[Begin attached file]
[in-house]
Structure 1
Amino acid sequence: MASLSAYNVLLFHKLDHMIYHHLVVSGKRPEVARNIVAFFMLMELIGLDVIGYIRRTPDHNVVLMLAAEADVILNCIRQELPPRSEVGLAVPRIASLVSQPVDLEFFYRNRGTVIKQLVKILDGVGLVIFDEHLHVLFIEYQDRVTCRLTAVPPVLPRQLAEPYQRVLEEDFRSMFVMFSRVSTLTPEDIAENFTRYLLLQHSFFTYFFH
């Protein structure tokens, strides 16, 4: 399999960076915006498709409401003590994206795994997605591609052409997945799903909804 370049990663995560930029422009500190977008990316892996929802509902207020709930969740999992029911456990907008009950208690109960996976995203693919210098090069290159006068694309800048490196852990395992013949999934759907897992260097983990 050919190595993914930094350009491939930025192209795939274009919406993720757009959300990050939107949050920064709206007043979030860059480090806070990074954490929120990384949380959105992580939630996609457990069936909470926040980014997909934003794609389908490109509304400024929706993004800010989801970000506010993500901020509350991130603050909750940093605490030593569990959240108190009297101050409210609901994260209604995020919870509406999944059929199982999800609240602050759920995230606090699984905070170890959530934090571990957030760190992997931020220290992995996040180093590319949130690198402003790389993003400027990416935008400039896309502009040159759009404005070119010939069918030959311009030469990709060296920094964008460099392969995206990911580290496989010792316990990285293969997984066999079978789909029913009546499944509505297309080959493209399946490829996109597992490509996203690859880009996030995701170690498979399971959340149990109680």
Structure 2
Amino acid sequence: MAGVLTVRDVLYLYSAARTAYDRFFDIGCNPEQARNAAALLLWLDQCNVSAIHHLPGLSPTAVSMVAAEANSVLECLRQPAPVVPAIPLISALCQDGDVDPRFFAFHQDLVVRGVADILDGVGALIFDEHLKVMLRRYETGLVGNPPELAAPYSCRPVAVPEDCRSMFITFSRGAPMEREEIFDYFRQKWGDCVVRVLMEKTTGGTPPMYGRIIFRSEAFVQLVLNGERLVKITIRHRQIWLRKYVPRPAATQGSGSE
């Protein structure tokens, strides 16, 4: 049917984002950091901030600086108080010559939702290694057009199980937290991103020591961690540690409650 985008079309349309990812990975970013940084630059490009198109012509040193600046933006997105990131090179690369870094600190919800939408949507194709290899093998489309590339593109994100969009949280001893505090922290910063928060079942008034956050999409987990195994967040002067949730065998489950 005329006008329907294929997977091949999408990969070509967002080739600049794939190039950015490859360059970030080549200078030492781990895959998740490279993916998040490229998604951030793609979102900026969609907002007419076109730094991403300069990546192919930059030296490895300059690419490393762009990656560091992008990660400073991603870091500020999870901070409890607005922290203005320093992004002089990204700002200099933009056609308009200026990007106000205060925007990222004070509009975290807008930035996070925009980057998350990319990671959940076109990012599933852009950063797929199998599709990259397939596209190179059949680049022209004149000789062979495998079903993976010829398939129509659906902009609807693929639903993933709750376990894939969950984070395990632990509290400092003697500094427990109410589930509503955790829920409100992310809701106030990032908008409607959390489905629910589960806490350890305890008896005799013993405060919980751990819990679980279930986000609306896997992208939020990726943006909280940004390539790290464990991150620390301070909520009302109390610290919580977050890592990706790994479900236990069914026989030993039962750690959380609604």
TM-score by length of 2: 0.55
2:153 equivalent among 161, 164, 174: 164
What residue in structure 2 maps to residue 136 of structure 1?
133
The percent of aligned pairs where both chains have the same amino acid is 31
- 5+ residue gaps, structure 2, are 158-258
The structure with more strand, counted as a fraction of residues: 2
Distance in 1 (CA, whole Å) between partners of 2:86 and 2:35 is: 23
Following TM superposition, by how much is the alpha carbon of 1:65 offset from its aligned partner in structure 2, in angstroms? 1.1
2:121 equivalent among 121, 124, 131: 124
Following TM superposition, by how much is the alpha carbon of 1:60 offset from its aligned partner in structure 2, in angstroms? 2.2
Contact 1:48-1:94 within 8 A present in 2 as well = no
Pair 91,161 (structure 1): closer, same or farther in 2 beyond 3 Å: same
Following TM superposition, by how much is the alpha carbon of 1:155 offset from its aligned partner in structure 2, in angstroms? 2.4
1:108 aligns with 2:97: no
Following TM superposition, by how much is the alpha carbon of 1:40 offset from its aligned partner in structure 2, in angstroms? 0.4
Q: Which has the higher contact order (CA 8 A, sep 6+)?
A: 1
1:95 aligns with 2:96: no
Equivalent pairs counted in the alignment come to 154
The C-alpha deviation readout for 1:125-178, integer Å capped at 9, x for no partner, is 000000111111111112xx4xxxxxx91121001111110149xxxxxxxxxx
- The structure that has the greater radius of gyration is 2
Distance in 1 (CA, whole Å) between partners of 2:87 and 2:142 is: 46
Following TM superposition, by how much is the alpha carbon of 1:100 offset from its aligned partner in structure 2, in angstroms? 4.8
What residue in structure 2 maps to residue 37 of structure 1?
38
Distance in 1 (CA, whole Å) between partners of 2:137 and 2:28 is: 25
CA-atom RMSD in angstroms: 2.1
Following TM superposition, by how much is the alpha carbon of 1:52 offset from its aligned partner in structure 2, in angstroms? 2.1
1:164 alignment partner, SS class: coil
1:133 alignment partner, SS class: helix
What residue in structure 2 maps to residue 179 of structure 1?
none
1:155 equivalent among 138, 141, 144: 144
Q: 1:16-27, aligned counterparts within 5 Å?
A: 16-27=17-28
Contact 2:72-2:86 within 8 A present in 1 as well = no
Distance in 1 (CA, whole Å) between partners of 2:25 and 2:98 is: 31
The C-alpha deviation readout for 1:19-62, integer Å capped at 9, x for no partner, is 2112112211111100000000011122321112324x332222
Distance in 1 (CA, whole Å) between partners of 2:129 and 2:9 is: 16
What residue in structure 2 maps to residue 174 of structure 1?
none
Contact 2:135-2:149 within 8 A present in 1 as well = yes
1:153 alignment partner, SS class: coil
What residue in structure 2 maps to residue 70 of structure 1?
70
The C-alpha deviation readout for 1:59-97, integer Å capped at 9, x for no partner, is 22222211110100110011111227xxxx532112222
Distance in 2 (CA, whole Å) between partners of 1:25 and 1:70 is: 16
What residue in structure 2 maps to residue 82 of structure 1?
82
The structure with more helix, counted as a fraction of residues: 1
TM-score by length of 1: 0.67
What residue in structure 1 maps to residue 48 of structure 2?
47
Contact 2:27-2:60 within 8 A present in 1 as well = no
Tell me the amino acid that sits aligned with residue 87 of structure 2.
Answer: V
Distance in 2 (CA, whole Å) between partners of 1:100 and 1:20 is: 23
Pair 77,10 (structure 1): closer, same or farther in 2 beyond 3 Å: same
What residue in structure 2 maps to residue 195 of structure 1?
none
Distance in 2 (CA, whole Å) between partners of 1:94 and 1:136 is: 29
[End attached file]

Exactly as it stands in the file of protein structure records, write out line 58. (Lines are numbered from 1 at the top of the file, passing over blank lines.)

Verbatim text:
The structure with more helix, counted as a fraction of residues: 1